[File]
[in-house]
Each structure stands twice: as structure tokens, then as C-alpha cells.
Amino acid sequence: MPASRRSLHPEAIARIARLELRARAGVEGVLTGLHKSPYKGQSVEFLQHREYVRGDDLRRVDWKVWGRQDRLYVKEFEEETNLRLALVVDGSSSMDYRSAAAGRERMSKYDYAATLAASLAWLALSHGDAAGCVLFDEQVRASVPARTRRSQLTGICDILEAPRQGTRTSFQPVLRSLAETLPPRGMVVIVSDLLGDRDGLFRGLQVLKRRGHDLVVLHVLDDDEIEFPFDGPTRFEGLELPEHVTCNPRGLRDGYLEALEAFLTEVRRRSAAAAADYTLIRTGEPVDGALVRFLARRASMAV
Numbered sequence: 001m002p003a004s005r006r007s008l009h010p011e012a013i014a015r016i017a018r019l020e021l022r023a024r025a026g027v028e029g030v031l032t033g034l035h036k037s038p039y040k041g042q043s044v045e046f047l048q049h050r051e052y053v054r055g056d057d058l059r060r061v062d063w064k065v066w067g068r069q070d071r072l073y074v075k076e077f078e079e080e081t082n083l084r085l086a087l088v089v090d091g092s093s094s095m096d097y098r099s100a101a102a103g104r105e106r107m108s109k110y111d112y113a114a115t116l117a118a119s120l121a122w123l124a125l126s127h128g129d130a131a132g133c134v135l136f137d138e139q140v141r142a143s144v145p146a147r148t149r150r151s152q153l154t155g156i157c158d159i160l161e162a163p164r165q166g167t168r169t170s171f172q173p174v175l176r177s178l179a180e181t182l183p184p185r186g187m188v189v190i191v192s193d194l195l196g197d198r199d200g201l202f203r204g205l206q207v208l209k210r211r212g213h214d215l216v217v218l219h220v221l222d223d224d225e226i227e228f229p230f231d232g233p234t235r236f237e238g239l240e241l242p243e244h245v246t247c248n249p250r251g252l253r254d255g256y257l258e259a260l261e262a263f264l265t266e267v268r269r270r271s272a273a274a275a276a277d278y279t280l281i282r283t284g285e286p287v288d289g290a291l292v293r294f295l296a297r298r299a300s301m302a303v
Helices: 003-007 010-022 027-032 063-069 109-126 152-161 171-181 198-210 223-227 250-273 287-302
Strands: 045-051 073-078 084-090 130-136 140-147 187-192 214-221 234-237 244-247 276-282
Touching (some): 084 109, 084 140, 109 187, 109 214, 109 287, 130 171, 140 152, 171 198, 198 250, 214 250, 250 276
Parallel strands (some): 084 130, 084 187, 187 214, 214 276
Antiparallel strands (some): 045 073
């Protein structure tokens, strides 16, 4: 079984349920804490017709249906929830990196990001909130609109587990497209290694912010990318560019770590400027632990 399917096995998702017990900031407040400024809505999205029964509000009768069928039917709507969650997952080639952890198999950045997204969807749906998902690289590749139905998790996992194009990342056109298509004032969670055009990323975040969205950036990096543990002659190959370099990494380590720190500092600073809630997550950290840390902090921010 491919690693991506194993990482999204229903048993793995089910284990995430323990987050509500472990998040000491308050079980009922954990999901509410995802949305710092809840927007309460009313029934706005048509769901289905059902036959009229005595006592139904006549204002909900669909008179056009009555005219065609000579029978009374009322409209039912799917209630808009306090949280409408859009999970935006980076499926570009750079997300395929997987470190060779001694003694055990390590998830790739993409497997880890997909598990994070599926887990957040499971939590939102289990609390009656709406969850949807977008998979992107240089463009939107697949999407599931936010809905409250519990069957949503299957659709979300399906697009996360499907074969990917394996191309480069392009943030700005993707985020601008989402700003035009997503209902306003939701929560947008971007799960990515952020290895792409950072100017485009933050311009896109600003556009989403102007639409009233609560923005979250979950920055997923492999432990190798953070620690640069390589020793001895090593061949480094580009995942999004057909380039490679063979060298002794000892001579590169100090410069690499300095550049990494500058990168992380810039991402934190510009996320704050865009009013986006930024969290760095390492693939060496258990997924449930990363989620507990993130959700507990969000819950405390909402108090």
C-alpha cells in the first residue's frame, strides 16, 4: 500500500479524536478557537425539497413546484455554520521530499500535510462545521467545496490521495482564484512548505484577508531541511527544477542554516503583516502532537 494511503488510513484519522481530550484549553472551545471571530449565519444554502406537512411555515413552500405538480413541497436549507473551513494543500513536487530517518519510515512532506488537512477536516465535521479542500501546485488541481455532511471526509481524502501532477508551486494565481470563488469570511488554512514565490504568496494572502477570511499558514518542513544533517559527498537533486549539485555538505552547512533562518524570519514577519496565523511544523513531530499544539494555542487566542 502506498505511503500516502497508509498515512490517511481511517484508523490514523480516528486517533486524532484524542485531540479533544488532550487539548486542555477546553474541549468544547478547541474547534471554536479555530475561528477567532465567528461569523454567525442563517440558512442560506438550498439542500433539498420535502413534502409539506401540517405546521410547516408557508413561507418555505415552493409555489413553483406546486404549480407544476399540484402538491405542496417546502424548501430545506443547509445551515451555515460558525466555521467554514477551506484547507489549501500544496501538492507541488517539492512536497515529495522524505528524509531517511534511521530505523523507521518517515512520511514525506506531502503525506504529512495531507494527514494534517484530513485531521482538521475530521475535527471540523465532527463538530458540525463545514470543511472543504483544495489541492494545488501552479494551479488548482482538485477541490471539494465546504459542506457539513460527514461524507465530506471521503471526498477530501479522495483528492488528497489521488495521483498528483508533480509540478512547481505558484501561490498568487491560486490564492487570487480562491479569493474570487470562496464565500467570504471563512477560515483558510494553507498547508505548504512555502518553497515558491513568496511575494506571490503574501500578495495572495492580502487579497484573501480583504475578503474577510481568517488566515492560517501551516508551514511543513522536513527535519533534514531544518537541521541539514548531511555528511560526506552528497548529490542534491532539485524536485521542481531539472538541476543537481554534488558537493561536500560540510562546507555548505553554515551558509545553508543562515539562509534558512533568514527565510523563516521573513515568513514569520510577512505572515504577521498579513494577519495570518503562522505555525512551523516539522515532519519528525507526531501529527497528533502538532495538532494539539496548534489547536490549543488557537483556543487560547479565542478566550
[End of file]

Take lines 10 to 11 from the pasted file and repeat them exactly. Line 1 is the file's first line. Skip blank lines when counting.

């Protein structure tokens, strides 16, 4: 079984349920804490017709249906929830990196990001909130609109587990497209290694912010990318560019770590400027632990 399917096995998702017990900031407040400024809505999205029964509000009768069928039917709507969650997952080639952890198999950045997204969807749906998902690289590749139905998790996992194009990342056109298509004032969670055009990323975040969205950036990096543990002659190959370099990494380590720190500092600073809630997550950290840390902090921010 491919690693991506194993990482999204229903048993793995089910284990995430323990987050509500472990998040000491308050079980009922954990999901509410995802949305710092809840927007309460009313029934706005048509769901289905059902036959009229005595006592139904006549204002909900669909008179056009009555005219065609000579029978009374009322409209039912799917209630808009306090949280409408859009999970935006980076499926570009750079997300395929997987470190060779001694003694055990390590998830790739993409497997880890997909598990994070599926887990957040499971939590939102289990609390009656709406969850949807977008998979992107240089463009939107697949999407599931936010809905409250519990069957949503299957659709979300399906697009996360499907074969990917394996191309480069392009943030700005993707985020601008989402700003035009997503209902306003939701929560947008971007799960990515952020290895792409950072100017485009933050311009896109600003556009989403102007639409009233609560923005979250979950920055997923492999432990190798953070620690640069390589020793001895090593061949480094580009995942999004057909380039490679063979060298002794000892001579590169100090410069690499300095550049990494500058990168992380810039991402934190510009996320704050865009009013986006930024969290760095390492693939060496258990997924449930990363989620507990993130959700507990969000819950405390909402108090």
C-alpha cells in the first residue's frame, strides 16, 4: 500500500479524536478557537425539497413546484455554520521530499500535510462545521467545496490521495482564484512548505484577508531541511527544477542554516503583516502532537 494511503488510513484519522481530550484549553472551545471571530449565519444554502406537512411555515413552500405538480413541497436549507473551513494543500513536487530517518519510515512532506488537512477536516465535521479542500501546485488541481455532511471526509481524502501532477508551486494565481470563488469570511488554512514565490504568496494572502477570511499558514518542513544533517559527498537533486549539485555538505552547512533562518524570519514577519496565523511544523513531530499544539494555542487566542 502506498505511503500516502497508509498515512490517511481511517484508523490514523480516528486517533486524532484524542485531540479533544488532550487539548486542555477546553474541549468544547478547541474547534471554536479555530475561528477567532465567528461569523454567525442563517440558512442560506438550498439542500433539498420535502413534502409539506401540517405546521410547516408557508413561507418555505415552493409555489413553483406546486404549480407544476399540484402538491405542496417546502424548501430545506443547509445551515451555515460558525466555521467554514477551506484547507489549501500544496501538492507541488517539492512536497515529495522524505528524509531517511534511521530505523523507521518517515512520511514525506506531502503525506504529512495531507494527514494534517484530513485531521482538521475530521475535527471540523465532527463538530458540525463545514470543511472543504483544495489541492494545488501552479494551479488548482482538485477541490471539494465546504459542506457539513460527514461524507465530506471521503471526498477530501479522495483528492488528497489521488495521483498528483508533480509540478512547481505558484501561490498568487491560486490564492487570487480562491479569493474570487470562496464565500467570504471563512477560515483558510494553507498547508505548504512555502518553497515558491513568496511575494506571490503574501500578495495572495492580502487579497484573501480583504475578503474577510481568517488566515492560517501551516508551514511543513522536513527535519533534514531544518537541521541539514548531511555528511560526506552528497548529490542534491532539485524536485521542481531539472538541476543537481554534488558537493561536500560540510562546507555548505553554515551558509545553508543562515539562509534558512533568514527565510523563516521573513515568513514569520510577512505572515504577521498579513494577519495570518503562522505555525512551523516539522515532519519528525507526531501529527497528533502538532495538532494539539496548534489547536490549543488557537483556543487560547479565542478566550